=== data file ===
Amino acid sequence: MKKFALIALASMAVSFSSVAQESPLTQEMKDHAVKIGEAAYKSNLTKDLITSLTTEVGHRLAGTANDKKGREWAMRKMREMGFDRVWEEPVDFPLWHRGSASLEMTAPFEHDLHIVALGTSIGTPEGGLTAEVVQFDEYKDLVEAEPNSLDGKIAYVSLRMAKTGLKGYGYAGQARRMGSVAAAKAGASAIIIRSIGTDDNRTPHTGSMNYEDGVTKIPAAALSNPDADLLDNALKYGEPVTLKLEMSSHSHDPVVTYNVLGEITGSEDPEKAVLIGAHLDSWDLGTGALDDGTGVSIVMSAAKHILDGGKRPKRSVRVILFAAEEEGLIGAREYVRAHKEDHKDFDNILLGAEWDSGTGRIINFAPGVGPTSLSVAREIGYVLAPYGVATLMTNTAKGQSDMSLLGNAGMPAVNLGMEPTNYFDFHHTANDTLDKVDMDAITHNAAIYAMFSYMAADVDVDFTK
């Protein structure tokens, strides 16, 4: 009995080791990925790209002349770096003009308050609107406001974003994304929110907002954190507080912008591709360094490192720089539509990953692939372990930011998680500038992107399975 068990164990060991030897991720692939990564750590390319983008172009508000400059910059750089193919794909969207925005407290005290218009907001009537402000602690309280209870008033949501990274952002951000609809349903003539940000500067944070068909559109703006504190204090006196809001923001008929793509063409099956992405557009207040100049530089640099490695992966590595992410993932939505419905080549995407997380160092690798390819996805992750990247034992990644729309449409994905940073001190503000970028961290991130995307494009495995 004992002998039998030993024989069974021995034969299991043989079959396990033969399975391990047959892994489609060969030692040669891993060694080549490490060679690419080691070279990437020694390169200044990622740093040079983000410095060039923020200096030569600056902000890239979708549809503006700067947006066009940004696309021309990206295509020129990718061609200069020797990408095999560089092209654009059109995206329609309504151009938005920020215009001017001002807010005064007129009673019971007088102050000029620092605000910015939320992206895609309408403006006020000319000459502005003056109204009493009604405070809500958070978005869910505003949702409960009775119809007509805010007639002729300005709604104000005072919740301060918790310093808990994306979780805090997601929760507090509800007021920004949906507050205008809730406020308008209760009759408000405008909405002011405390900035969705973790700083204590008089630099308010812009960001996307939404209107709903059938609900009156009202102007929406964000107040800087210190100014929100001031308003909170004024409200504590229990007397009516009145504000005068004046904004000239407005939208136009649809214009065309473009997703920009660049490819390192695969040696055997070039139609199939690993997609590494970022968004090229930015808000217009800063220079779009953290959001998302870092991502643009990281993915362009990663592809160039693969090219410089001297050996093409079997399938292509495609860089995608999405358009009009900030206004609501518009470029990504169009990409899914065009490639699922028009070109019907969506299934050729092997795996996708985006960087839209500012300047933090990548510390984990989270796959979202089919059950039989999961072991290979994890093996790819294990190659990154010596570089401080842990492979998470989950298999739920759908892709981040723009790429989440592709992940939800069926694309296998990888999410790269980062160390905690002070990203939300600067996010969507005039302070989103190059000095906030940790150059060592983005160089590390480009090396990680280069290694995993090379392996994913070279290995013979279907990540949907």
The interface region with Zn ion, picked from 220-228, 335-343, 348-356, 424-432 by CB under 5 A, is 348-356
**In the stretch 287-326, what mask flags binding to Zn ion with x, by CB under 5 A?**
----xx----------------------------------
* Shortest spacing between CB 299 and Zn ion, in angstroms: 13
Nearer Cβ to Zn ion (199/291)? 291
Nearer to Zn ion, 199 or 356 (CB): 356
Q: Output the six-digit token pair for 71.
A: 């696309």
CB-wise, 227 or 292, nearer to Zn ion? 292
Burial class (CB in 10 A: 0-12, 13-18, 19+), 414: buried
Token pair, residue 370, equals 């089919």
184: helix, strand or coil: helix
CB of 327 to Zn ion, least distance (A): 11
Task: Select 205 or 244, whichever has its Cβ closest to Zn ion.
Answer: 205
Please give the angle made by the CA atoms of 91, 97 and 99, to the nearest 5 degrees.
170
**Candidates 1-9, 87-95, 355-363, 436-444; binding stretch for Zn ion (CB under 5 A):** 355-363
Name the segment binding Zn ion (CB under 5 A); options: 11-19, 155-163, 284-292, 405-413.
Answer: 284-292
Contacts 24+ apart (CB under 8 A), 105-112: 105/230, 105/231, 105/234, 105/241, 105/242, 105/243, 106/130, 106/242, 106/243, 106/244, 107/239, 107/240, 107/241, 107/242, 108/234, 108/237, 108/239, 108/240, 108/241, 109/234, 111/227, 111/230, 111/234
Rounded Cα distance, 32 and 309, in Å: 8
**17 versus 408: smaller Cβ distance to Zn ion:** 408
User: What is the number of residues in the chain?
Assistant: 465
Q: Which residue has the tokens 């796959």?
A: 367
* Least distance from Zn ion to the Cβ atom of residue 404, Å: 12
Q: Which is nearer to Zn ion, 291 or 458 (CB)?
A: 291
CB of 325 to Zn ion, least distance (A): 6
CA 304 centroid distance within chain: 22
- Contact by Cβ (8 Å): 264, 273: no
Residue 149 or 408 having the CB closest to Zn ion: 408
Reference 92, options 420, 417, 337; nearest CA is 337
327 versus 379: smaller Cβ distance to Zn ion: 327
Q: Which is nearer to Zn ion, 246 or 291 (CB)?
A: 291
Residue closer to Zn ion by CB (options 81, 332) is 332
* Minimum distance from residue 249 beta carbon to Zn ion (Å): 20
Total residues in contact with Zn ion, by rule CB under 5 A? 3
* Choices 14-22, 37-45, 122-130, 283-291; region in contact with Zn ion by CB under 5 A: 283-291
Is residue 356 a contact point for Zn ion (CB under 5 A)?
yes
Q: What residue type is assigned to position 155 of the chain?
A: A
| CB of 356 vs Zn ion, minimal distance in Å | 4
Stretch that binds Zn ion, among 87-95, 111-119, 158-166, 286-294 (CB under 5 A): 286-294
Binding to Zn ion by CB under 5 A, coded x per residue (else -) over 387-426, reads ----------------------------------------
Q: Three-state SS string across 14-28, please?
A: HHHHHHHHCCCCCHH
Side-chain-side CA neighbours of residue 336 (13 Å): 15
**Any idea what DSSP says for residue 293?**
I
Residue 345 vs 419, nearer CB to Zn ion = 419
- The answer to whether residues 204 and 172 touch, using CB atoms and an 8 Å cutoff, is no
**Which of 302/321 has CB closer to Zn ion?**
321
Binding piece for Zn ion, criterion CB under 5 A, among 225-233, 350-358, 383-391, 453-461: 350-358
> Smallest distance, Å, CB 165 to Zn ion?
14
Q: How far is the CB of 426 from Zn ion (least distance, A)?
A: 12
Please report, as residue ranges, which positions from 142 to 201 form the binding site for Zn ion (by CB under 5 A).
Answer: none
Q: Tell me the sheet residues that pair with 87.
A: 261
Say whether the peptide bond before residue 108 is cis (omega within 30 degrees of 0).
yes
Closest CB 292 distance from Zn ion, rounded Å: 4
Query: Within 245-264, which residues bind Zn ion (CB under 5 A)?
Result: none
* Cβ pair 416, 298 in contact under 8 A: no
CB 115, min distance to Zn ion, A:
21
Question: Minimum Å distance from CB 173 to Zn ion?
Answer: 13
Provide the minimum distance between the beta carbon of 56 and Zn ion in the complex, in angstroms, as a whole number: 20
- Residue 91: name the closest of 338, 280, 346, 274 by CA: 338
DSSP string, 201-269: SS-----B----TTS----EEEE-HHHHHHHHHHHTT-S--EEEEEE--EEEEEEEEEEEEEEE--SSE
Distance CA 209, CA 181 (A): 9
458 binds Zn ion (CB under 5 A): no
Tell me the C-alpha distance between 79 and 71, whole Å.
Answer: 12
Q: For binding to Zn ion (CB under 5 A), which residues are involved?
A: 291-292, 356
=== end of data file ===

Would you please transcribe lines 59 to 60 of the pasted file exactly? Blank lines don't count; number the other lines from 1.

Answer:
**Which of 302/321 has CB closer to Zn ion?**
321